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Old 01-28-2013, 09:17 AM
1 posts, read 1,600 times
Reputation: 10


I have two children below the age of 16 and I am working.
I know they can claim my social security benefits as long as I begin claiming, hence I am thinking to claim at the age of 62, but I do plan to continue to work and given my earned income, I suspect I won't be receiving any benefits.

1. will I be able to apply and suspend so as to keep the full benefit at age 66?

b. If not, I assume my portion of the benefits will be withheld and be distributed back to me, right? Say assuming I should have received $20,000 annually and if I do not have earned income beginning at age 64, the 2 *$20,000 will be distributed back to me right?

c. Given 2 of my children will be able to receive benefits until I reach 66, I assume my break even point will be above age 80, true?

d. I have read from the ssa.gov site that the total benefits for the family can be from 150 to 180 percent of the parent's full benefit amount. As I am assuming I will be getting 100% of the reduced benefits, therefore, does it mean that my children can only receive a maximum of 80% (or plus a bit more as I am not getting 100% of the full benefits) of the full benefits? or that their benefits added together should not be over 100%

thank you.
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Old 01-28-2013, 10:22 PM
11,137 posts, read 8,967,358 times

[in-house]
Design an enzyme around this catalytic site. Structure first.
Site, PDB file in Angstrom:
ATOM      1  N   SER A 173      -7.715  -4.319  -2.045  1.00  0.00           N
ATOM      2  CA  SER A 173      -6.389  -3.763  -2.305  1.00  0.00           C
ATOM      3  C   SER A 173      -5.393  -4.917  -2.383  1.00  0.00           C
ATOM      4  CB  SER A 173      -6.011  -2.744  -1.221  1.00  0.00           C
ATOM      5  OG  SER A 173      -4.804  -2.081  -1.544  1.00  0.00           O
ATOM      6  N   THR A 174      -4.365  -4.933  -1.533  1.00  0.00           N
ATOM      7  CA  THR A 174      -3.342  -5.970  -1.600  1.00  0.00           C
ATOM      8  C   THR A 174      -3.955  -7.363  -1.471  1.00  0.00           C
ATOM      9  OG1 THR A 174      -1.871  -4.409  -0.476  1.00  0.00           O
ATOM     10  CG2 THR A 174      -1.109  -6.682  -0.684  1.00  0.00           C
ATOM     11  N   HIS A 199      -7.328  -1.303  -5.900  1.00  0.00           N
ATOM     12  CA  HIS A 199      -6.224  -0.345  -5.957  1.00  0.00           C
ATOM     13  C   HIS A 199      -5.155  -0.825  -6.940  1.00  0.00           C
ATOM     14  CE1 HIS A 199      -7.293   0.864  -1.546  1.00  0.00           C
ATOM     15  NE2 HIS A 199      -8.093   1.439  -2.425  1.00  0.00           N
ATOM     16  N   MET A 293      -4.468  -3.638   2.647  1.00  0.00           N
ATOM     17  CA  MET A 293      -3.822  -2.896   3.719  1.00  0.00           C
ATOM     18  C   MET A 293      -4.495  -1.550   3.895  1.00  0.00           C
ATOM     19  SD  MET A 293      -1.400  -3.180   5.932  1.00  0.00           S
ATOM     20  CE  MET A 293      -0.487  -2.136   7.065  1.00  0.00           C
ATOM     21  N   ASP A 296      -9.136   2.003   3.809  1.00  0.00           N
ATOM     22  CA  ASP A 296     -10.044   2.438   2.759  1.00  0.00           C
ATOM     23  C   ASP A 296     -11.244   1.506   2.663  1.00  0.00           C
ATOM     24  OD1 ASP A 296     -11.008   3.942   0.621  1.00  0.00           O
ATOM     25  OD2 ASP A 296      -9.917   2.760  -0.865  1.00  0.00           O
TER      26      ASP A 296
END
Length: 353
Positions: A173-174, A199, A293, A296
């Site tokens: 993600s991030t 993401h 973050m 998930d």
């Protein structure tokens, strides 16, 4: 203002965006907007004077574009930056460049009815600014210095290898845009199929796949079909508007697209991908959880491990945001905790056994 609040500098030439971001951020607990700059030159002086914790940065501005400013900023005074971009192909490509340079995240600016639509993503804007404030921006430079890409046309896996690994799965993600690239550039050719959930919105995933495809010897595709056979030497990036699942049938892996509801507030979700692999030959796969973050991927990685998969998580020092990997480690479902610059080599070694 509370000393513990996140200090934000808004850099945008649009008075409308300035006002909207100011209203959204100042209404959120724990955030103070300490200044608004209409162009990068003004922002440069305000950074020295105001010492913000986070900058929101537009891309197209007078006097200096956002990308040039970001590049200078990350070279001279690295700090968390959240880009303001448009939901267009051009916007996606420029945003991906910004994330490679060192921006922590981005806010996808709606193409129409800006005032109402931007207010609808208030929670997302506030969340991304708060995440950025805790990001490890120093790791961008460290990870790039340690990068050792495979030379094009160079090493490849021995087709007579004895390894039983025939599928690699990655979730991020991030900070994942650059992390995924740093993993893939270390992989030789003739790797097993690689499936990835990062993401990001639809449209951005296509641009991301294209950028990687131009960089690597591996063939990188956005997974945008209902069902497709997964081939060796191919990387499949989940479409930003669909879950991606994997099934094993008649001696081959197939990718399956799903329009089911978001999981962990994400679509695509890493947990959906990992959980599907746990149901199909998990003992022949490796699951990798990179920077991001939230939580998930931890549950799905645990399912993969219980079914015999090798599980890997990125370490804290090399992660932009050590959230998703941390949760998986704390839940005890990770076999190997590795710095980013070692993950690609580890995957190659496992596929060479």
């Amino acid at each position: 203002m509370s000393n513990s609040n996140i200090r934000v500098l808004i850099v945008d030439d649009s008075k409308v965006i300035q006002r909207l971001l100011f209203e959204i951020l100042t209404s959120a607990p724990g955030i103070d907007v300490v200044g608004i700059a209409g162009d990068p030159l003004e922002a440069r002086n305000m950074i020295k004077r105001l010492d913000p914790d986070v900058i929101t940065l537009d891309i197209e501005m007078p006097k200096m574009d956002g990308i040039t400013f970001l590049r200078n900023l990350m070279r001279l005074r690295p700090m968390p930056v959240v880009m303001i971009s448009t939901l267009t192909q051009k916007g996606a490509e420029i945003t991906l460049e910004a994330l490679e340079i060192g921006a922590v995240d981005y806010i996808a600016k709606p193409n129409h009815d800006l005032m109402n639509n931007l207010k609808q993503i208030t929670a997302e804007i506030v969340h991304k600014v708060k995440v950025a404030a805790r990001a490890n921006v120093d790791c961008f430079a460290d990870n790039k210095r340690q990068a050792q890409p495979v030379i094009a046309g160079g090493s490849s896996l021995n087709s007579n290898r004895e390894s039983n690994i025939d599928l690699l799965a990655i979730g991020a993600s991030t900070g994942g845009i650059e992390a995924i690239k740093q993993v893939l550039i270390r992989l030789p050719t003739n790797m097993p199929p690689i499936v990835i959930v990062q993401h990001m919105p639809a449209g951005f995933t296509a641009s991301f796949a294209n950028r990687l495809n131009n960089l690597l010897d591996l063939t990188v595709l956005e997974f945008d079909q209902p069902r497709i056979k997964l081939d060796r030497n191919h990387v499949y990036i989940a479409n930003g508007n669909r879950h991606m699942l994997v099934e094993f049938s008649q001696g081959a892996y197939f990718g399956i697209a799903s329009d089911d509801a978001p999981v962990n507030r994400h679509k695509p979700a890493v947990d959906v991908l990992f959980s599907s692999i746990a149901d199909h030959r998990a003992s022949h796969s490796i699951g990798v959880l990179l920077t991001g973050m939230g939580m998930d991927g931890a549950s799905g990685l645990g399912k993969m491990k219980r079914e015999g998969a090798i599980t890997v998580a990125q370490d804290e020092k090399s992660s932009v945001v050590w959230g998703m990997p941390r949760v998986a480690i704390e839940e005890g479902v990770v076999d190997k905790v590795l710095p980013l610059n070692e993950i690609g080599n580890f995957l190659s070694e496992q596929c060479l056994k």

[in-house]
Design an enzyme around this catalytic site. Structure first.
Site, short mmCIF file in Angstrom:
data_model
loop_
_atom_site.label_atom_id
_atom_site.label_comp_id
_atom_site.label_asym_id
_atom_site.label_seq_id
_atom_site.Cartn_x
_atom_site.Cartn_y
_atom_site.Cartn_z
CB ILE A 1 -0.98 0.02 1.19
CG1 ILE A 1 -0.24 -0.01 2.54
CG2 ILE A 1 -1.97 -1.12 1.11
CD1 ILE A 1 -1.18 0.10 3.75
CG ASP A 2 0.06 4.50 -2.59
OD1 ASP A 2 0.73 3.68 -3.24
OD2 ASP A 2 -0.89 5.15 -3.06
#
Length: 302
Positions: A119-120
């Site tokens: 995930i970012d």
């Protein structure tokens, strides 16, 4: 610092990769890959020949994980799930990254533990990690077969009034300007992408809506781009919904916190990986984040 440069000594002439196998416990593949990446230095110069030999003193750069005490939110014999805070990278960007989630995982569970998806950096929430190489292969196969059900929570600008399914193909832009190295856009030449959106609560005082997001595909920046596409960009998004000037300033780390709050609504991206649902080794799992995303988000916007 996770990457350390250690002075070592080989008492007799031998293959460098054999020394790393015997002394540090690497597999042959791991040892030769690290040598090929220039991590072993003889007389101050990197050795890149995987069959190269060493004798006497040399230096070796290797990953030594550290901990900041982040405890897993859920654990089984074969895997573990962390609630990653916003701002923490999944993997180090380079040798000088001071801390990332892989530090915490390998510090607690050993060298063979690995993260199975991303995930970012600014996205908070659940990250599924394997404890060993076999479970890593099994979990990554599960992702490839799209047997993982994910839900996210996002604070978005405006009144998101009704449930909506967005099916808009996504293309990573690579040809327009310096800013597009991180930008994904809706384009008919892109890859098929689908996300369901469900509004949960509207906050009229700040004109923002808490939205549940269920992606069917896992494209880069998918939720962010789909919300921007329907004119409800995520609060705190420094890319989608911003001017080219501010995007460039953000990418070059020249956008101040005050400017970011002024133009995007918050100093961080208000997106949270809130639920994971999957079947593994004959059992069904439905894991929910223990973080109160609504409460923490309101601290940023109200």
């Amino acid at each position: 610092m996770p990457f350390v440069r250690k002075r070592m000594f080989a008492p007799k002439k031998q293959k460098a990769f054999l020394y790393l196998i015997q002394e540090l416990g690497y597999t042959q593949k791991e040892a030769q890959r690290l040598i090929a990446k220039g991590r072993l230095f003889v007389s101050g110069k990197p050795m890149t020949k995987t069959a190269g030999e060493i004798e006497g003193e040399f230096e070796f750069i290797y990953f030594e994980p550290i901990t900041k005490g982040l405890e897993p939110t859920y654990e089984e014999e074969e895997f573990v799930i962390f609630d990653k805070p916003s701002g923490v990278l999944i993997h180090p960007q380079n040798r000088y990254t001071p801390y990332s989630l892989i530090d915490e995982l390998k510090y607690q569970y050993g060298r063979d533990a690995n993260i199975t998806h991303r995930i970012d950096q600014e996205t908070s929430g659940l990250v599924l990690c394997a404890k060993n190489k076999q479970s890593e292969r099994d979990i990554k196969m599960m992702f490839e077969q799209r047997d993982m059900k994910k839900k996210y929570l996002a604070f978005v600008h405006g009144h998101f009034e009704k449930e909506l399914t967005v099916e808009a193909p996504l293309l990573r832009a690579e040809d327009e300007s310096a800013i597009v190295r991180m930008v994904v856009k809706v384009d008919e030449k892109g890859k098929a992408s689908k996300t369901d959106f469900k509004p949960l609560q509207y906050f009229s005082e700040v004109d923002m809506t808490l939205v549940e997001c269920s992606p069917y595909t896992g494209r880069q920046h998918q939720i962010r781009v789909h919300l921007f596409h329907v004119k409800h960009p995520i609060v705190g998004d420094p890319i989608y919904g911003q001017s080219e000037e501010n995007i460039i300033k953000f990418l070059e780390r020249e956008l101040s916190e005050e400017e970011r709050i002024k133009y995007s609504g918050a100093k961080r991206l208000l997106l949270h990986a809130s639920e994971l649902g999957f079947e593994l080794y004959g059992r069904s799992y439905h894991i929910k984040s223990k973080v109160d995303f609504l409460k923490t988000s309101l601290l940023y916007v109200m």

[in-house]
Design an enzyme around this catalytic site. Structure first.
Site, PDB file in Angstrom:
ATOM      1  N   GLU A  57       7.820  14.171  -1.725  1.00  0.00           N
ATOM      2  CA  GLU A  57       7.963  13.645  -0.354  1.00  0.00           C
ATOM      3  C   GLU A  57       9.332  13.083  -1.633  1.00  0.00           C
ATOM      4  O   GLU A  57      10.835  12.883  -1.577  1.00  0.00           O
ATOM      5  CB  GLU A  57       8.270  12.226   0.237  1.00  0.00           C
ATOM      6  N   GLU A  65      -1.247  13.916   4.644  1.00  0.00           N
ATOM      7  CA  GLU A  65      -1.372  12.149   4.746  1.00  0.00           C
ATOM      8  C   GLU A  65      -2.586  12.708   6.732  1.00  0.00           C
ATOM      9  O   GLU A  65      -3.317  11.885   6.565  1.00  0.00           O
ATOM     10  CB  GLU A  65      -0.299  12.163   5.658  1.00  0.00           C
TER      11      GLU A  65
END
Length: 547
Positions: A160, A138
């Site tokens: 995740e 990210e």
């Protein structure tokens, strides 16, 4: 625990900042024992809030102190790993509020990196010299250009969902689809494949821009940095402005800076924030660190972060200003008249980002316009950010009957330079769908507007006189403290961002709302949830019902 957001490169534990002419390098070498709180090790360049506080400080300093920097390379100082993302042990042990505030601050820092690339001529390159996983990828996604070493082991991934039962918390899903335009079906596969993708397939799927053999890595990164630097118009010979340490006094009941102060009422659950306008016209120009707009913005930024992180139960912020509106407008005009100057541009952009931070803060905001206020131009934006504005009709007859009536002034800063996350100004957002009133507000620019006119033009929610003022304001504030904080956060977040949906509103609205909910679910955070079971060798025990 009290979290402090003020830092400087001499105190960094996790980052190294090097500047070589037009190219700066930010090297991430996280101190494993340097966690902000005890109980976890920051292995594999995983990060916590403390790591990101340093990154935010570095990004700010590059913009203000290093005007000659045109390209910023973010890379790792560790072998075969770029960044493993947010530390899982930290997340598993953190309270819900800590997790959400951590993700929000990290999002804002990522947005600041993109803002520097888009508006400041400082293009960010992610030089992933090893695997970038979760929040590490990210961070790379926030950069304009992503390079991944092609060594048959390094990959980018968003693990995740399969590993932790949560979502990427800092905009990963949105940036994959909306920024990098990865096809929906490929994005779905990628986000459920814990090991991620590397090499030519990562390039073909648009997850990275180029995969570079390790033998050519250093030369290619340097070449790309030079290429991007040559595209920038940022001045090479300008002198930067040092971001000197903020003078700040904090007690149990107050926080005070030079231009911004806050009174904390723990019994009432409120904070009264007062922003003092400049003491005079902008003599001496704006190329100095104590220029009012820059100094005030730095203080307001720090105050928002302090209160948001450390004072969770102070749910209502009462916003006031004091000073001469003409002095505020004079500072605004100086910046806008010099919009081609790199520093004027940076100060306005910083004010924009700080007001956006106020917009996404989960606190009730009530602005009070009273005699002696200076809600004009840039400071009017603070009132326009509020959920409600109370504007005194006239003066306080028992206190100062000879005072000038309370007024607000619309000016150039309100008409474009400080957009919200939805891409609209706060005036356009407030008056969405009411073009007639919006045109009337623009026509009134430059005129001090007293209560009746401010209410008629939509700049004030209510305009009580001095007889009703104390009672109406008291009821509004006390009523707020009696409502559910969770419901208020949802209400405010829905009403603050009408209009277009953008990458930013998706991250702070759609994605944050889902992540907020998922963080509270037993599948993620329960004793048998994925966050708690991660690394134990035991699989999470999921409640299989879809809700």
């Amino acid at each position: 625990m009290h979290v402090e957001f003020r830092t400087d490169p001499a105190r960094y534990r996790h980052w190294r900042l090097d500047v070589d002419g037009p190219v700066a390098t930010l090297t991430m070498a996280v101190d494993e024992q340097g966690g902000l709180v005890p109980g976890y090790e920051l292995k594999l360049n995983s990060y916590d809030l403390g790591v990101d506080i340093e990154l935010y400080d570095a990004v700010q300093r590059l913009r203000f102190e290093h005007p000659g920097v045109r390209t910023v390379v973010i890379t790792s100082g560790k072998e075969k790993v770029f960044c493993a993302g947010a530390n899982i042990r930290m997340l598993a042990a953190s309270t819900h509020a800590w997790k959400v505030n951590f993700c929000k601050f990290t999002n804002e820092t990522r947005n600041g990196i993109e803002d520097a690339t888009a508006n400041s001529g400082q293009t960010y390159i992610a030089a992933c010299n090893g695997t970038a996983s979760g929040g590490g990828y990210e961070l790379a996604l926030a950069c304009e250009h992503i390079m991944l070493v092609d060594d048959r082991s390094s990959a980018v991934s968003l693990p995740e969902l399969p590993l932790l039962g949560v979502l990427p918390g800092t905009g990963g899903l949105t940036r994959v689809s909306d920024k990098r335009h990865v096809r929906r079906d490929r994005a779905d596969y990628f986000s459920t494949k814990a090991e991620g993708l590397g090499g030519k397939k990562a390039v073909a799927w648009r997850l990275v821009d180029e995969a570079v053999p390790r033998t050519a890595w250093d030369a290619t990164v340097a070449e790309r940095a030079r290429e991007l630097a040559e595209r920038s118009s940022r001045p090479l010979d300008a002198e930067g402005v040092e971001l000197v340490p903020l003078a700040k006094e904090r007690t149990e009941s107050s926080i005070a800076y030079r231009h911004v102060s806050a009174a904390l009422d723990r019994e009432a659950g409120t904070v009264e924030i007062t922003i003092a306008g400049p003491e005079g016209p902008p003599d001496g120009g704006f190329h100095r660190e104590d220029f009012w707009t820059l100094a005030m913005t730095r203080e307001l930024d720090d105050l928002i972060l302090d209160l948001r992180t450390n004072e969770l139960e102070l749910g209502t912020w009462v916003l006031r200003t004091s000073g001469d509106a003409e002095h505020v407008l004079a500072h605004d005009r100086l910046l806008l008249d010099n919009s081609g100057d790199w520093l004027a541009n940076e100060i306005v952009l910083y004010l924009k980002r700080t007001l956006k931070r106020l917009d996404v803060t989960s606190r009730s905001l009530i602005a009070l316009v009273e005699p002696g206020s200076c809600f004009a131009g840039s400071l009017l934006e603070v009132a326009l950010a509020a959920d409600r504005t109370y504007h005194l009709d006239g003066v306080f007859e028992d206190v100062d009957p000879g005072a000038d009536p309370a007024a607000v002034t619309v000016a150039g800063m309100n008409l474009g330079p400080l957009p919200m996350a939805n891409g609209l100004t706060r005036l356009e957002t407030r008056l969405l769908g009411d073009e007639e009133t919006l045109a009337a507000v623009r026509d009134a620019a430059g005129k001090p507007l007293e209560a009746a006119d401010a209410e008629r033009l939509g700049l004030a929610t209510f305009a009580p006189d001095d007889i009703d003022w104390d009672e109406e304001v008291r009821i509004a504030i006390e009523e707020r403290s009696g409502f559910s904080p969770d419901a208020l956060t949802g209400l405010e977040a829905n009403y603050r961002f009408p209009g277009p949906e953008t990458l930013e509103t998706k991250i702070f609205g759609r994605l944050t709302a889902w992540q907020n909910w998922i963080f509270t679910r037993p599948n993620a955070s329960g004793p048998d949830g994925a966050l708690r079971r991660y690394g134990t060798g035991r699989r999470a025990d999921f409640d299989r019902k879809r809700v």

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1. No, you can't file/claim at 62 and then suspend. You can't use file/suspend until you reach 66.

b. No. Your benefits begin when you apply. There's no retroactive distribution. edit: if you file and do later have too-high earnings, they will recompute your benefit to adjust for months withheld. See http://www.socialsecurity.gov/retire2/whileworking3.htm

c. ?? Not sure what you're asking. Are you trying to include your children's potential benefits when calculating your break-even? Regardless, your break-even point depends upon many variables.

d. True, there's a maximum family benefit in the range of 150-180% of the worker/parent's full benefit amount. However the formula is somewhat complex and doesn't work like you show, i.e., there's not a % breakdown between the parent's and the children's benefits. See Formula for Family Maximum Benefit.

Last edited by biscuitmom; 01-28-2013 at 10:38 PM..
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Old 01-30-2013, 06:35 PM
Location: Prescott AZ
6,618 posts, read 10,144,093 times
Reputation: 13051
Why do you want your children to begin receiving benefits from your claim? I don't understand. Are they disabled?
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